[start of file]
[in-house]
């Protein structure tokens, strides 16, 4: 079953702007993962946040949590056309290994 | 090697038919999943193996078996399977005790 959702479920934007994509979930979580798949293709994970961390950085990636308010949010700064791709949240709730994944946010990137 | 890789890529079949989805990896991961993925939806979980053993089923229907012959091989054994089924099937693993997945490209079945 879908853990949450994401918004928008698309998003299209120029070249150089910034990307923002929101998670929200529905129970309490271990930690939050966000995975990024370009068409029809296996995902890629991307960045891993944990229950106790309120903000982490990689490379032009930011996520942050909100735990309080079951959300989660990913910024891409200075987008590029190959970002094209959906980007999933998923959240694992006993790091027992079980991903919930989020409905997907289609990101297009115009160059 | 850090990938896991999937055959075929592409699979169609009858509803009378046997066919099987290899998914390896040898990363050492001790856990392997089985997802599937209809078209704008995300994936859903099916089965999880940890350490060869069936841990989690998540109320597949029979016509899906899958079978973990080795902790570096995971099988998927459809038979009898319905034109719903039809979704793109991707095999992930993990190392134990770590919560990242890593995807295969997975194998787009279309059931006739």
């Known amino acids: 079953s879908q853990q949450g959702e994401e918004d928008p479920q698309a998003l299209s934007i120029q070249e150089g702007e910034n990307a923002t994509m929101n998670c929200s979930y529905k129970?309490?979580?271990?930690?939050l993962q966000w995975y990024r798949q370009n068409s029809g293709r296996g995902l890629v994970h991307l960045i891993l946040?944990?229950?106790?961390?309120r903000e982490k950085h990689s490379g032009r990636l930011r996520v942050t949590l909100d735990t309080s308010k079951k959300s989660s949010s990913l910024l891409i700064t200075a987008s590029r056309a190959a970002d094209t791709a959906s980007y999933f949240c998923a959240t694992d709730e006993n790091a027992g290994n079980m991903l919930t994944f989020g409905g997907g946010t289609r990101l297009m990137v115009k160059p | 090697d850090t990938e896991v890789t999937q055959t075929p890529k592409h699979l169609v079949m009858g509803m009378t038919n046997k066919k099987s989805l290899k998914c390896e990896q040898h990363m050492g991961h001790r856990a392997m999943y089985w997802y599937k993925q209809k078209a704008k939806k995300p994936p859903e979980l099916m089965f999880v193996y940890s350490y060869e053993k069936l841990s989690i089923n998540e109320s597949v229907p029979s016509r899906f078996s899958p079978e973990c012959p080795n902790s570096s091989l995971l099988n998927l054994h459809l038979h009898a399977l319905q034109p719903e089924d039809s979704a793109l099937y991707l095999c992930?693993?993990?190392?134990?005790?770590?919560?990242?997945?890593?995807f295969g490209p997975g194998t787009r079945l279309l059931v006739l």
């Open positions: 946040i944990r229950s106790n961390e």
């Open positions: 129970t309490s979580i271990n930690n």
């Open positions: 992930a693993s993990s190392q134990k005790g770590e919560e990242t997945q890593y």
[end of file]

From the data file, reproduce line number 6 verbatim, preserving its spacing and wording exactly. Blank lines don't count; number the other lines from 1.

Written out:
């Open positions: 992930a693993s993990s190392q134990k005790g770590e919560e990242t997945q890593y």